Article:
4. Live music will be provided by the Sitka Blues Band inside the hall. Also, an open jam session will take place under a tent outside — all musicians are welcome.
5. Registered participants in the state’s Women, Infants and Children (WIC) supplemental nutrition program can exchange $5 vouchers for fresh produce from one of several approved stands. The Sitka Farmers Market is the first market in Southeast Alaska authorized to process WIC vouchers.
6. The children’s craft activity this market focuses on healthy eating and is called “eating by the colors.” Please bring the kids!
7. Creating the Sitka Farmers Market was selected by Sitka residents as a top community health priority at the 2008 Sitka Health Summit.
8. This event is sponsored by the Sitka Local Foods Network, Alaska Native Brotherhood/Alaska Native Sisterhood, Baranof Island Housing Authority, Sitka Conservation Society, the Alaska Farmers Market Association and the SEARHC Health Promotion and Diabetes Prevention programs.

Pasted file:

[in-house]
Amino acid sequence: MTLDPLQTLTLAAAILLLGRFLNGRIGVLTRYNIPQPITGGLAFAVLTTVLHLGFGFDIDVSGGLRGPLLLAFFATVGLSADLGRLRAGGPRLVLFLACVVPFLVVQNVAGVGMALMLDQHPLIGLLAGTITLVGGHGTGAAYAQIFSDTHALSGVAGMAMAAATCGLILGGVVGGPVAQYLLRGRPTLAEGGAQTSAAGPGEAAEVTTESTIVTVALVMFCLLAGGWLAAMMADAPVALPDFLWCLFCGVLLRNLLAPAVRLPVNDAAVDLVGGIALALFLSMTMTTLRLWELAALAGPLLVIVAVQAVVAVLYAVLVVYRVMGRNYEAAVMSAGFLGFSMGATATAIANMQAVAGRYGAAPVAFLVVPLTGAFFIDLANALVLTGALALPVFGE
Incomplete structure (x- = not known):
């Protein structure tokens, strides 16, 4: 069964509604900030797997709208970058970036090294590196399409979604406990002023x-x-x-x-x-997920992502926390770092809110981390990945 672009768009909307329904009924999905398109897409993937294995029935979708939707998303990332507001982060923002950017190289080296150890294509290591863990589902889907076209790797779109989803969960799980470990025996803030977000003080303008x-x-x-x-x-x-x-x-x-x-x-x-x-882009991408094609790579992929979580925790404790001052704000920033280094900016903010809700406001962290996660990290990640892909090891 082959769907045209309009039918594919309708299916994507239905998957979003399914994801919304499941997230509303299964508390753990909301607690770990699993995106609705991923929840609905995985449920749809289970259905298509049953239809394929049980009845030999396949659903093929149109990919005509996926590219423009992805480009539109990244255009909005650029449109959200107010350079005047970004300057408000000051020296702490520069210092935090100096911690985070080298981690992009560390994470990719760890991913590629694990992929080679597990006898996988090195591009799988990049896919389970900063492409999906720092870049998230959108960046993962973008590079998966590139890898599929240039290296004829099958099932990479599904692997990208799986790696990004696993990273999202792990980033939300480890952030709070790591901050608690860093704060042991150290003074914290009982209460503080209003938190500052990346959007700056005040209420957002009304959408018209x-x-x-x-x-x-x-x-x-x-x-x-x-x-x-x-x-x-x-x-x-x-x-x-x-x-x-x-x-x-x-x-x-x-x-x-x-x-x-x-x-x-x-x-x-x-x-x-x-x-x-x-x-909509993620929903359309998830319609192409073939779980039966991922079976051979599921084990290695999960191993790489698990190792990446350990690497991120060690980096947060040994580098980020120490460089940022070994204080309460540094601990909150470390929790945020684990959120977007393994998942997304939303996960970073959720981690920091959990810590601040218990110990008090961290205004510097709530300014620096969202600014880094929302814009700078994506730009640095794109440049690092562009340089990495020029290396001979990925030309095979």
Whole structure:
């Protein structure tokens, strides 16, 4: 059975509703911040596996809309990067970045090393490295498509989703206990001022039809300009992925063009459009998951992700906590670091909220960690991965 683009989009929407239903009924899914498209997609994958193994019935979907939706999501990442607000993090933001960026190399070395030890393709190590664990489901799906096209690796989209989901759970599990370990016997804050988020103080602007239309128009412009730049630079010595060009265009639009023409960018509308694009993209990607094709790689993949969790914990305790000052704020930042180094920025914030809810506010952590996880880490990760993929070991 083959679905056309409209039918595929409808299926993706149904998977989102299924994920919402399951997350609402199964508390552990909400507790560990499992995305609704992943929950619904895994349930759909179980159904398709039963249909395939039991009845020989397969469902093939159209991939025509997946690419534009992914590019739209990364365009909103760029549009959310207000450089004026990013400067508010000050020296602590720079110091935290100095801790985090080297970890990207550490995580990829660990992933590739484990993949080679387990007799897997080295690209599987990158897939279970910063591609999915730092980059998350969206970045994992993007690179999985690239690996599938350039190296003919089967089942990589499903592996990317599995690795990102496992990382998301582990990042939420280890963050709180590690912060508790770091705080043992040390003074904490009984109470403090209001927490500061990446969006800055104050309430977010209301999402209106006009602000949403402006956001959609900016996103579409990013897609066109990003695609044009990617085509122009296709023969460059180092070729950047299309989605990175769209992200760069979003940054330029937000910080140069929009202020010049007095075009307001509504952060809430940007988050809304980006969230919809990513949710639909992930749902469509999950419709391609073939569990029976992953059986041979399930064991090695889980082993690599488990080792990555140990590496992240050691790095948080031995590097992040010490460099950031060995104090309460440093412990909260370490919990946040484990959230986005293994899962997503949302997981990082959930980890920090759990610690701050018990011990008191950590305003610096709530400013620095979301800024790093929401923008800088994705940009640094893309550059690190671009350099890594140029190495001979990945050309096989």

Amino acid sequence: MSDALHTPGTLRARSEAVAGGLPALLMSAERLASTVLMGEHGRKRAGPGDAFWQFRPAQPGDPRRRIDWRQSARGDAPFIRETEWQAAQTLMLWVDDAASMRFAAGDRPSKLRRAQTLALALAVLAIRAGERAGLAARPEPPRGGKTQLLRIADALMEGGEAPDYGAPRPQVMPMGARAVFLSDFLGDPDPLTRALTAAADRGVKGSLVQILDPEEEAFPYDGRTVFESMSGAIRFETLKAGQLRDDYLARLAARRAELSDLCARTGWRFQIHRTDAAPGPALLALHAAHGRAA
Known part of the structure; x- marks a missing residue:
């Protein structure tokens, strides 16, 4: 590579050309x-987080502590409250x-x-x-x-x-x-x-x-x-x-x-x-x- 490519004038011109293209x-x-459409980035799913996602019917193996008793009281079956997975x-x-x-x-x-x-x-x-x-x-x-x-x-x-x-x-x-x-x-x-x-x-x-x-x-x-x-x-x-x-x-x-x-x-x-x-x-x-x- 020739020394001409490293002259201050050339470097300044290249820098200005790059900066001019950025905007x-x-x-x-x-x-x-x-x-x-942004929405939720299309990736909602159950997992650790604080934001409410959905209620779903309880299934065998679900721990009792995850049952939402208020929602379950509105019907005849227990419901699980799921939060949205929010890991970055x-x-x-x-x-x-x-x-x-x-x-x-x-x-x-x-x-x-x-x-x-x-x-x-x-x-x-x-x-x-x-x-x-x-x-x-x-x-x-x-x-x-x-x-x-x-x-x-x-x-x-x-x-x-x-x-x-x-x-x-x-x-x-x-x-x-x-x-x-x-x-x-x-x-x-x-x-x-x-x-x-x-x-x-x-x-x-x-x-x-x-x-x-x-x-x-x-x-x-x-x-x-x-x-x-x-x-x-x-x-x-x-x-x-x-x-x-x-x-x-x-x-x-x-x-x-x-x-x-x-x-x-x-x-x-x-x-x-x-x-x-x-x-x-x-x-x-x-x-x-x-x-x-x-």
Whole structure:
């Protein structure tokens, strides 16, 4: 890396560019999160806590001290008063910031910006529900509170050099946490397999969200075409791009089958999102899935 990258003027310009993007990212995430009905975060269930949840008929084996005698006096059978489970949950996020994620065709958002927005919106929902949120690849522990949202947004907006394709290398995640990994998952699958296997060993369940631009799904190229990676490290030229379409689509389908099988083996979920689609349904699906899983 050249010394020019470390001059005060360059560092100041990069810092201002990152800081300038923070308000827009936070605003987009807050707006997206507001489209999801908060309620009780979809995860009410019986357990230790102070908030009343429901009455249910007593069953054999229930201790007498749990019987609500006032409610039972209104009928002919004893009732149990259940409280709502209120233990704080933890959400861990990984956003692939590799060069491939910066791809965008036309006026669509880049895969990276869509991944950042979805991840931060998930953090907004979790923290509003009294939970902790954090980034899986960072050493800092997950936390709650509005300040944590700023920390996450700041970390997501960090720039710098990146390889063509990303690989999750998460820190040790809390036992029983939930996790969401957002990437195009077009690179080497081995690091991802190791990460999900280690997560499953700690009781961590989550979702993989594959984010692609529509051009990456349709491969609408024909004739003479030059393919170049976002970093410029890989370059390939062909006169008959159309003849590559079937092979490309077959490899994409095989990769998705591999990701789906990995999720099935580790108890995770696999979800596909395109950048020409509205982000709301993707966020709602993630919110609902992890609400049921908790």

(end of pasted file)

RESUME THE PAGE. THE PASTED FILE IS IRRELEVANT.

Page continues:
Musicians play in the jam session tent
Grilling black cod collars from the Alaska Longline Fisherman's Association
ANSWER Camp teachers Adriana Rodriguez, left, Alberta Demantle, Jordan Baumgartner, Collauna Marley and Chohla Moll prepare sockeye salmon for the smoker Wednesday night so it will be ready when the students arrive in Sitka on Friday.
Seventh and eighth grade students from all over Alaska will be arriving in Sitka this week for the 12th annual Alaska Native Student Wisdom Enrichment Retreat, commonly known as ANSWER Camp, a 12-day residential program for Alaska Native students sponsored by the Southeast Regional Resource Center (SERRC) out of Juneau.